"Progressive walking" combined with glucosamine sulphate supplementation has been shown to improve the symptoms of osteoarthritis. Researchers writing in BioMed Central’s open-access journal Arthritis Research and Therapy found that patients who walked at least two bouts of 1,500 steps each on three days of the week reported significantly less arthritis pain, and significantly improved physical function.
Dr Kristiann Heesch worked with a team of researchers from the University of Queensland, Australia, to carry out the trial in 36 osteoarthritis patients (aged 42–73 years). All patients received the dietary supplement for six weeks, after which they continued to take the supplement during a 12-week progressive walking program. The program, called Stepping Out, includes a walking guide; a pedometer; weekly log sheets and a weekly planner, all intended to help patients adopt the exercise regime.
Seventeen patients were randomly assigned to walk five days per week, while the remaining 19 were instructed to walk three days a week.
The team found that both groups achieved significant improvement in their symptoms, however being encouraged to walk five days a week was not more effective than being encouraged to walk three days. "These findings are not surprising given that the three-day and five-day walking groups did not differ significantly in the mean number of days actually walked per week, the mean number of daily steps walked, nor their weekly minutes of physical activity," Dr Heesch said. "They provide preliminary evidence that osteoarthritis sufferers can benefit from a combination of glucosamine sulphate and walking 3,000 steps per day for exercise, in bouts of at least 1,500 steps each, on at least three days per week."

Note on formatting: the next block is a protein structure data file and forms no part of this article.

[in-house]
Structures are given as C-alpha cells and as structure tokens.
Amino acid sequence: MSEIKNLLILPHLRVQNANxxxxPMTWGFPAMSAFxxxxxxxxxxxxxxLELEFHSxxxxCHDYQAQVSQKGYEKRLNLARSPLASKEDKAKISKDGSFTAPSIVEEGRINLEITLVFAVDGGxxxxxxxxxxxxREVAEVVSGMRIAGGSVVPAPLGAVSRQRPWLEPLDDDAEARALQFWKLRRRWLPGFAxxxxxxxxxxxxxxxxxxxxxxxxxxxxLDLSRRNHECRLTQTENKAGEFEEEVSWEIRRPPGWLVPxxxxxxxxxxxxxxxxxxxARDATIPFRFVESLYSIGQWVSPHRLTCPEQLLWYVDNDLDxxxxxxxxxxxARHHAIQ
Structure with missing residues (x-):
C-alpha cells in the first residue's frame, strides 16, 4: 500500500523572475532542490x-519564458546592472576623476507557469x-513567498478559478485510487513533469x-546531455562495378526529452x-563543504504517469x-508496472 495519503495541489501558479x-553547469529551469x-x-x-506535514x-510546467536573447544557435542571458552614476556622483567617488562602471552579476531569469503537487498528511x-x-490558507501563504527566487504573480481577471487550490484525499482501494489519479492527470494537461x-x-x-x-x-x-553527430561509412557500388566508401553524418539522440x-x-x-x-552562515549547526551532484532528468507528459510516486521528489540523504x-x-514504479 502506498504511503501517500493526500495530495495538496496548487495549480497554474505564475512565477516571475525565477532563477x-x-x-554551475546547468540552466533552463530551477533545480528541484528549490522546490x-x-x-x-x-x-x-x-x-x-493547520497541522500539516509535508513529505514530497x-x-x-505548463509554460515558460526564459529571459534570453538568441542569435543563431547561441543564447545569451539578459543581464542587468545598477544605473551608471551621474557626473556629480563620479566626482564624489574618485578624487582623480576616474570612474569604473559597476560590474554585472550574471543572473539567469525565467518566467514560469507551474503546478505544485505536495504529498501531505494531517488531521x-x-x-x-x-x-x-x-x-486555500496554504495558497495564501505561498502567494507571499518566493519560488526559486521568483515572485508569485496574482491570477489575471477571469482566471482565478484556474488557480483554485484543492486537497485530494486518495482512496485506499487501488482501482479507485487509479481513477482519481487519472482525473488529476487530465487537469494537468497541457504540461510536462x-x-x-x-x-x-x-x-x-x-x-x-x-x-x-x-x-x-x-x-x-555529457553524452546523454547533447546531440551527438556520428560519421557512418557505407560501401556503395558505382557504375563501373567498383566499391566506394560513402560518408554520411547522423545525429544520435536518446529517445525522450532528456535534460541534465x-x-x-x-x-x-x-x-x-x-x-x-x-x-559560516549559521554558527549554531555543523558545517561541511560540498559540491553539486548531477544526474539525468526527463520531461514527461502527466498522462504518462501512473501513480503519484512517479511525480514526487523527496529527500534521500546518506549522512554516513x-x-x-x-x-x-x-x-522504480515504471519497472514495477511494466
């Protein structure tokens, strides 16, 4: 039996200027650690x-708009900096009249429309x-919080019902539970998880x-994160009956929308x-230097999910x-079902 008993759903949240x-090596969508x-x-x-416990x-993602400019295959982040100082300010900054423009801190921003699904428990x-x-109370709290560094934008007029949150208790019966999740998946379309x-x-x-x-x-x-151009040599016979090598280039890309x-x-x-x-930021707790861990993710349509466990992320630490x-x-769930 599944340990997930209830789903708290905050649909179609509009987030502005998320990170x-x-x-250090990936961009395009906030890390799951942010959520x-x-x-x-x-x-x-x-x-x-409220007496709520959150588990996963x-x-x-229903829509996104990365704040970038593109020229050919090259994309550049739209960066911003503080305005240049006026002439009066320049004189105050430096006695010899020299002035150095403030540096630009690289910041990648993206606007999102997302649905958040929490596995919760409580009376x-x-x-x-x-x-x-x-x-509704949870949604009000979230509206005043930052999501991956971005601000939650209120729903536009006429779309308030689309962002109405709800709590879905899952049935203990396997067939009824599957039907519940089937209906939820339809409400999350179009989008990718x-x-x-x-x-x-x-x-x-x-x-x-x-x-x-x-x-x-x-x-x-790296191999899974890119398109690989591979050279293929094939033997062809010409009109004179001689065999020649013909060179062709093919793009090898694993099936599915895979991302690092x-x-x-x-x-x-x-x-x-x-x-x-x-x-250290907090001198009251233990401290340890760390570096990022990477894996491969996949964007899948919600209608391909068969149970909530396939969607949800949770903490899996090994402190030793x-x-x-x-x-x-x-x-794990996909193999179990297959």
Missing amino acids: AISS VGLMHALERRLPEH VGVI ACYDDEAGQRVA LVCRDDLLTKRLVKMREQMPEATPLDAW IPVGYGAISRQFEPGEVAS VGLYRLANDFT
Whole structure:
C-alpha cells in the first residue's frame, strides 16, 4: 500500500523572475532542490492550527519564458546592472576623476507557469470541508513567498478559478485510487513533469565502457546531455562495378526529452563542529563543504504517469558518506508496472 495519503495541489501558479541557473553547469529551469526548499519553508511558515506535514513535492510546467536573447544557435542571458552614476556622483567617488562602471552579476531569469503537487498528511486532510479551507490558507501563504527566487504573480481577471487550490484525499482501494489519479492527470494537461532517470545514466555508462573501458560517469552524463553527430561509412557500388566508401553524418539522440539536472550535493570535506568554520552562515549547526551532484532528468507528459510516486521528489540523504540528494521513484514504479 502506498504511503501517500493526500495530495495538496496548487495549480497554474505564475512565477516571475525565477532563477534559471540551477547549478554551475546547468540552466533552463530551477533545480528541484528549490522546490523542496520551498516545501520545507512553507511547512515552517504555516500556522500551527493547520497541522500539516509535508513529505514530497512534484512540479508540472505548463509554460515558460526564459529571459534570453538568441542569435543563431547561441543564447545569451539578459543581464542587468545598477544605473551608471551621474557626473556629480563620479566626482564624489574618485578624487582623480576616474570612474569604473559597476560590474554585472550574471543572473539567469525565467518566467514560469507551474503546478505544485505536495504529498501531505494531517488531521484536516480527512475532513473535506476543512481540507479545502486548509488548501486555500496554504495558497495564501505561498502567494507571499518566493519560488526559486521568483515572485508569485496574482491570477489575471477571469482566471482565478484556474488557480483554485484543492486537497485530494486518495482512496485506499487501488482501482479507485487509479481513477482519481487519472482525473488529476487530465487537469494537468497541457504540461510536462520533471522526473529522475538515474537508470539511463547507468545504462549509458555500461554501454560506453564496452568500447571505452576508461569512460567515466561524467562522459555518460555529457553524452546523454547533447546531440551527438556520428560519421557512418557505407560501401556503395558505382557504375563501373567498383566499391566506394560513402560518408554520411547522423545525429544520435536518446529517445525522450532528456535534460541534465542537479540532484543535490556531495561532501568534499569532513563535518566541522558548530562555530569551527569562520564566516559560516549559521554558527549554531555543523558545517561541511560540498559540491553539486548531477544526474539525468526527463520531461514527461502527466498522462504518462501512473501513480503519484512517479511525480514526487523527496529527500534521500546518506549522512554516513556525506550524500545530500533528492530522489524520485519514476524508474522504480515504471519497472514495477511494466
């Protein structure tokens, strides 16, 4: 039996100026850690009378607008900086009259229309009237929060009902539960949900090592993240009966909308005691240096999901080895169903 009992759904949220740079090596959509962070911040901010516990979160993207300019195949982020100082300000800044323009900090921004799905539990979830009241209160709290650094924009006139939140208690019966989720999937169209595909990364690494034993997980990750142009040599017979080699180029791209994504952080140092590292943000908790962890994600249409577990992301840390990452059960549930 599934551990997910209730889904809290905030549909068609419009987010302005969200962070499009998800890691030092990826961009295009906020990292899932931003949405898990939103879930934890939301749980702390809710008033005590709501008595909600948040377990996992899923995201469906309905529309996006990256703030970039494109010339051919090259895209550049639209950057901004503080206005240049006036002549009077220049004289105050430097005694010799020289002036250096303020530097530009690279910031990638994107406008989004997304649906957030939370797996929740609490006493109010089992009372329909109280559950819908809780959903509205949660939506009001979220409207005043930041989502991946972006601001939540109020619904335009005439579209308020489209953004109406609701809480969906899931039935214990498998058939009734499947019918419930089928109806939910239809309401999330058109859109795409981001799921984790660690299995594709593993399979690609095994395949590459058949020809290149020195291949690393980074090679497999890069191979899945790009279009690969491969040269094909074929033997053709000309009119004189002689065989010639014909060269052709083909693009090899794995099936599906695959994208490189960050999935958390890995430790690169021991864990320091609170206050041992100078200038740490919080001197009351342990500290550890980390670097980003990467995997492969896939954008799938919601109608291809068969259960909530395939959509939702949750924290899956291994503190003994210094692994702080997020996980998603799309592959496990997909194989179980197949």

This amount of walking is less than current physical activity recommendations for the general population, but follows the recommendations for people with arthritis.
(Source: BioMed Central: Arthritis Research and Therapy: February 2010)